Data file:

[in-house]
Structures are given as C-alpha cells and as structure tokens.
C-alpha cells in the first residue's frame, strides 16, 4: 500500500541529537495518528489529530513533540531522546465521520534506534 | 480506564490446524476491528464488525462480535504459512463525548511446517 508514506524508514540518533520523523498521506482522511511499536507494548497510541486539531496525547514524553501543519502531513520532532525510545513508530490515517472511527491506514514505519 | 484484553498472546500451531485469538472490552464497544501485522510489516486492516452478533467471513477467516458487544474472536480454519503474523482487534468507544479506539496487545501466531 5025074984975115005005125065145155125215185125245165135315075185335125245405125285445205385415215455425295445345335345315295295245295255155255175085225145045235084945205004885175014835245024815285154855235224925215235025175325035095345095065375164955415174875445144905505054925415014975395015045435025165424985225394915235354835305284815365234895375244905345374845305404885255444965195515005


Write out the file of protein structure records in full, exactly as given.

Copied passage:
[in-house]
Structures are given as C-alpha cells and as structure tokens.
C-alpha cells in the first residue's frame, strides 16, 4: 500500500541529537495518528489529530513533540531522546465521520534506534 | 480506564490446524476491528464488525462480535504459512463525548511446517 508514506524508514540518533520523523498521506482522511511499536507494548497510541486539531496525547514524553501543519502531513520532532525510545513508530490515517472511527491506514514505519 | 484484553498472546500451531485469538472490552464497544501485522510489516486492516452478533467471513477467516458487544474472536480454519503474523482487534468507544479506539496487545501466531 5025074984975115005005125065145155125215185125245165135315075185335125245405125285445205385415215455425295445345335345315295295245295255155255175085225145045235084945205004885175014835245024815285154855235224925215235025175325035095345095065375164955415174875445144905505054925415014975395015045435025165424985225394915235354835305284815365234895375244905345374845305404885255444965195515005